This masjid is named after the name of the Arab conqueror of Sindh, Muhammad Bin Qasim. It was built during the Mughal period. Situated on a ridge opposite Pir Patho, it is not dated, but its style dates to the late 17th century. Actually there are two mosques in a spacious courtyard measuring 180 feet east to west and 162 feet north to south. One of the two mosques is centrally situated, while the southern mosque was added later.
The eastern facade suggests to the casual visitor that both mosques were built at the same time, but their architectural features are different. The facade of the (older) northern mosque has three arched entrances, the central one larger than the other two, and opening under a higher arch. On either side of the central arch is a small arched panel, and on the right side there are two additional panels, one atop the other.
The southern masjid also has three arched openings, each within a rectangular frame. There are no other panels on this face. The three domes of the southern mosque have a clear octagonal drum. The internal arrangement of the two mosques resembles the Khizri Mosque in Thatta, with three bays, the largest in the centre. The phase of transition in the northern mosque is made up by squinches, and in the southern mosque by pendentives. The mihrab of the earlier mosque has arched panels, while that of the later mosque is simple.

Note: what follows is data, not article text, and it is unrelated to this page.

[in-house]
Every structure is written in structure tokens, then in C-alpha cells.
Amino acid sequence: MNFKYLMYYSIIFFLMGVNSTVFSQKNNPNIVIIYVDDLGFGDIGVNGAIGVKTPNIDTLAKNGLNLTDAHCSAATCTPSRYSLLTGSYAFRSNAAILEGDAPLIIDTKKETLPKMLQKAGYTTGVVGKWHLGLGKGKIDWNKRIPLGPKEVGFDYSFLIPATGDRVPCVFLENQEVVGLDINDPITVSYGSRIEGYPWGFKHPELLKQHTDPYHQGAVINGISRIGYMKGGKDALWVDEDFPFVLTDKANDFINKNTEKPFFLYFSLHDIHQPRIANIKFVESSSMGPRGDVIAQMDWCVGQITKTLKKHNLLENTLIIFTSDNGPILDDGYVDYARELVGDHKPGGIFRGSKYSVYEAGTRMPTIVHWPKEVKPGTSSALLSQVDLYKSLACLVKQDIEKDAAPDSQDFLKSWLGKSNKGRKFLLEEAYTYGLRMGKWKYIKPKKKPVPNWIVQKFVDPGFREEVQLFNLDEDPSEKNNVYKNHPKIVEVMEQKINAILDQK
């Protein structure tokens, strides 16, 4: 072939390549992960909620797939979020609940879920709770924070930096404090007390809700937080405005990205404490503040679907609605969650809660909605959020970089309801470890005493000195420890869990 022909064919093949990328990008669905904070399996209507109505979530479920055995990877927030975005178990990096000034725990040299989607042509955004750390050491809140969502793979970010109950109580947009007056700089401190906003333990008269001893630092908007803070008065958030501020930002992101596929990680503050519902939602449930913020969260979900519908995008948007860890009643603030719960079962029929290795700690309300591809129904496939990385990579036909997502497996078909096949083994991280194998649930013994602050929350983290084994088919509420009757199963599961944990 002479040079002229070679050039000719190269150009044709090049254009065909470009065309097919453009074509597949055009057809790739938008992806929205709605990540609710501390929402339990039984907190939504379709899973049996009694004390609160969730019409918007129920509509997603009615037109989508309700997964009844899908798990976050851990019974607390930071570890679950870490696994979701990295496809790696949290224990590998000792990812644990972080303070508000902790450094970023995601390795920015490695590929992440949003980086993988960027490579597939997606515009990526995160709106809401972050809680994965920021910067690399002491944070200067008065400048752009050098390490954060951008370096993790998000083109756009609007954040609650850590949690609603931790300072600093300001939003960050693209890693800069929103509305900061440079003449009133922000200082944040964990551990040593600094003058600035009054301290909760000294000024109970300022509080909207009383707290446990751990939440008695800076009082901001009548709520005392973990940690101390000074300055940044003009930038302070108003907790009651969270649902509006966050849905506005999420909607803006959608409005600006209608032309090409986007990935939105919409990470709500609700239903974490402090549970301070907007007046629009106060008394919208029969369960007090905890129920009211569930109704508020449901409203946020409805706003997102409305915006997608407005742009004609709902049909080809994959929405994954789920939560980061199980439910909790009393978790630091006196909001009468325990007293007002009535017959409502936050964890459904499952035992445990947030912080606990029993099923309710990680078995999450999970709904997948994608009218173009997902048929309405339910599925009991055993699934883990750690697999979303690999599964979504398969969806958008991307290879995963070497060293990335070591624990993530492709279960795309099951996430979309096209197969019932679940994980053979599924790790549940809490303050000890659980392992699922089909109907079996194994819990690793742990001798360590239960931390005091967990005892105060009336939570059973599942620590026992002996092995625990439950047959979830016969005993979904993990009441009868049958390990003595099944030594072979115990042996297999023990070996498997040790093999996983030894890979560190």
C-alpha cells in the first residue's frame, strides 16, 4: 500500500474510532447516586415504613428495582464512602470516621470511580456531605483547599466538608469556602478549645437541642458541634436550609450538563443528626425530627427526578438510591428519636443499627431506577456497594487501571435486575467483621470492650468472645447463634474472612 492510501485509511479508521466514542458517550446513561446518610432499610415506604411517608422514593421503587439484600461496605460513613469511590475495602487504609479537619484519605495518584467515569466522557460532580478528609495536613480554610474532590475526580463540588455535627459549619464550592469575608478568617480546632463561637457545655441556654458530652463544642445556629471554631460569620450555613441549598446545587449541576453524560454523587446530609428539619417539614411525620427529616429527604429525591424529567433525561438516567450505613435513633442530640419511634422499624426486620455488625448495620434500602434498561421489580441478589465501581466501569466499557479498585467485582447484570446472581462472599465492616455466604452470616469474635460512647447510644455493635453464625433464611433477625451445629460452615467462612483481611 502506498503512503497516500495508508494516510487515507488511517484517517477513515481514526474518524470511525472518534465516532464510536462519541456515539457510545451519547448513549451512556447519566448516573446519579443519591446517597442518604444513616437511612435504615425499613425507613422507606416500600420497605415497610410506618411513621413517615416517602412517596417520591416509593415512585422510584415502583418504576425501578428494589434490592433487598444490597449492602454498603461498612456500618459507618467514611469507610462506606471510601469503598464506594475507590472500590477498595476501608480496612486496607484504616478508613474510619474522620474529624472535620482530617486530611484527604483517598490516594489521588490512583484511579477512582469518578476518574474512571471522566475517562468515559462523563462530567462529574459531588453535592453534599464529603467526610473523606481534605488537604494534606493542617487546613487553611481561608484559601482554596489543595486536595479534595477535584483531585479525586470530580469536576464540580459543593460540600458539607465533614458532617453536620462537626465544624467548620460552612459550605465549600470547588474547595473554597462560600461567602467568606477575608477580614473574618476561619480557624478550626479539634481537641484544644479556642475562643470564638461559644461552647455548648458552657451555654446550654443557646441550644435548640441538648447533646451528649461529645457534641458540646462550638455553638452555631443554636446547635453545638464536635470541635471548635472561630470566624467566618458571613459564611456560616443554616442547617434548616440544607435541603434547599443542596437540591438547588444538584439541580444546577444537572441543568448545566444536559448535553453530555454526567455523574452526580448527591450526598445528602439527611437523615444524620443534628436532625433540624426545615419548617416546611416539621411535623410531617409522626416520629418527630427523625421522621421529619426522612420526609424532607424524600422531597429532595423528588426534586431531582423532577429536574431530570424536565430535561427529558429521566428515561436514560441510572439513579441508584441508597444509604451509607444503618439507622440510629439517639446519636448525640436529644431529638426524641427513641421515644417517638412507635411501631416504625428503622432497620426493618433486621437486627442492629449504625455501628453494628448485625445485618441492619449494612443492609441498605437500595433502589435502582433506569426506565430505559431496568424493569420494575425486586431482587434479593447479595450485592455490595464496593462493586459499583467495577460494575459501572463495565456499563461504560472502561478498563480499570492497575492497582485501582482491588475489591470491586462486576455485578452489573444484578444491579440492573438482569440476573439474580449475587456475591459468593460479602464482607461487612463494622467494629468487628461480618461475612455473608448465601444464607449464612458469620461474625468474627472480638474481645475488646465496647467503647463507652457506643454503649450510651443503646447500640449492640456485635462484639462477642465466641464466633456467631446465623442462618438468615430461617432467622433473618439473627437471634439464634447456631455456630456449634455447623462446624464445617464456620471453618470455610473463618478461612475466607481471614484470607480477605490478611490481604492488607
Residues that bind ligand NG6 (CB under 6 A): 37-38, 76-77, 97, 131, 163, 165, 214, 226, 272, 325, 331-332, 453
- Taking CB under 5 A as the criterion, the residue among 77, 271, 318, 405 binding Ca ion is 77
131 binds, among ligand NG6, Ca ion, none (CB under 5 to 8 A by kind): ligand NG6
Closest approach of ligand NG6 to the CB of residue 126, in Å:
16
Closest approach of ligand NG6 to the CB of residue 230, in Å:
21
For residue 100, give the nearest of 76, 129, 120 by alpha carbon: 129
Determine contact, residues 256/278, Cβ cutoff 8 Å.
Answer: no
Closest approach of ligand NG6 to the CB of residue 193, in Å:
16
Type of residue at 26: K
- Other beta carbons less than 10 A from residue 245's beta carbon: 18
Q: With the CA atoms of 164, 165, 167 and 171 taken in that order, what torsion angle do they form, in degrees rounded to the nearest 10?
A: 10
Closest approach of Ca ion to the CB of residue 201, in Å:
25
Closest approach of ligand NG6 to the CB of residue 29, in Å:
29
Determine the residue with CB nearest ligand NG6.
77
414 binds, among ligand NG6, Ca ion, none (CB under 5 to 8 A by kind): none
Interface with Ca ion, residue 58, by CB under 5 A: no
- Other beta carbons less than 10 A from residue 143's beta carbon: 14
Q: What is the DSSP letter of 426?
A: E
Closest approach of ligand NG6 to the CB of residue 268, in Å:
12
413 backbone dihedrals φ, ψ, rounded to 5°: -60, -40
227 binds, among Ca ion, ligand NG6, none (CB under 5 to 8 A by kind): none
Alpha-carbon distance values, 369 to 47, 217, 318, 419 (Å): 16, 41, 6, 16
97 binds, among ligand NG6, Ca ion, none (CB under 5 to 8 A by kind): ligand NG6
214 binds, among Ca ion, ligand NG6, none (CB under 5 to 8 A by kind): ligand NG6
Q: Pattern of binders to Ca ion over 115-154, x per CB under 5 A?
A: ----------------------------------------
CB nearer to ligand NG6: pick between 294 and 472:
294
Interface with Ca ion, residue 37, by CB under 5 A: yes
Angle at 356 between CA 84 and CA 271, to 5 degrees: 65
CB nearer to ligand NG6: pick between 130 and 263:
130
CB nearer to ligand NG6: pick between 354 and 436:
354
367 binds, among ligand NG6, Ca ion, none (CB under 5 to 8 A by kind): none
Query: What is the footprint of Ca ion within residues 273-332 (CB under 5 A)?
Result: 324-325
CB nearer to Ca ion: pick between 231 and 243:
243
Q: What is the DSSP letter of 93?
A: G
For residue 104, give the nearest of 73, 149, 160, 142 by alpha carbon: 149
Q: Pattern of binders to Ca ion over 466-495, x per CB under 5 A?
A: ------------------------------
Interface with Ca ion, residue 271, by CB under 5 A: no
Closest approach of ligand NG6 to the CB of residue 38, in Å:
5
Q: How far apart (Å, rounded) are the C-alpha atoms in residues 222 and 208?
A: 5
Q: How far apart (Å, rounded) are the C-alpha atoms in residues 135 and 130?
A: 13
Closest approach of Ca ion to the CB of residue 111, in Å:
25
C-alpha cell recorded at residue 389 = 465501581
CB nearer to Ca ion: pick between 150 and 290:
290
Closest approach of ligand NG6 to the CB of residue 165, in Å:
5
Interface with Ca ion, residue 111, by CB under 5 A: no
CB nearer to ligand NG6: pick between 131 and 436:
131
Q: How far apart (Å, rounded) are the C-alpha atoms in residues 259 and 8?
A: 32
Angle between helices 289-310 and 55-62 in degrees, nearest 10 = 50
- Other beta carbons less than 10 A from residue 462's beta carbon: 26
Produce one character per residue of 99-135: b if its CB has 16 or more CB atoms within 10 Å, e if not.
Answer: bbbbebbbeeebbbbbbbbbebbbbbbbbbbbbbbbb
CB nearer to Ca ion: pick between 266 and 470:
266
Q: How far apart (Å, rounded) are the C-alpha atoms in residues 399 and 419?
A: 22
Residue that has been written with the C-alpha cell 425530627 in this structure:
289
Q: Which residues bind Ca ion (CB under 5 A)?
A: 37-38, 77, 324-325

These two mosques are joined together. At the point of junction, a staircase on the east leads to the roof. The mihrabs project from the back of the western wall. On one side of the courtyard there is an arched entrance of a later period. At the northeastern corner there is a round, tapering tower built in brick and plaster. Stairs ascend from within to the first floor, and thereafter from the outside up to the second storey. At the base, the tower has a plastered collar. Similarly, the second storey has a plastered parapet, below which there is a ring of dentil decoration. On the top there is a conical canopy crowned by a simple finial. There is an arched entrance, approachable from inside the mosque enclosure. Right above the entrance there was a wooden balcony supported on wooden brackets. Only one bracket is now preserved. It shows double pendants on its lower part. Its sides are decorated with a carved scroll and string course motif.
There are other light and air windows in the second storey. An arched opening is provided to go to the balcony from the first storey. The balcony faces the mosque and it is probable that this was used for the azan (call to prayer). However, the placement of the tower right at the edge of the ridge overlooking the settlement suggests that the so-called Muhammad Bin Qasim’s Minar may also have been used as a watch tower. It is 50 feet high and 72 feet in circumference at the base. In style, it is similar to Mir Masum’s Tower in Sukkur, which was commenced in 1594 and completed in 1618.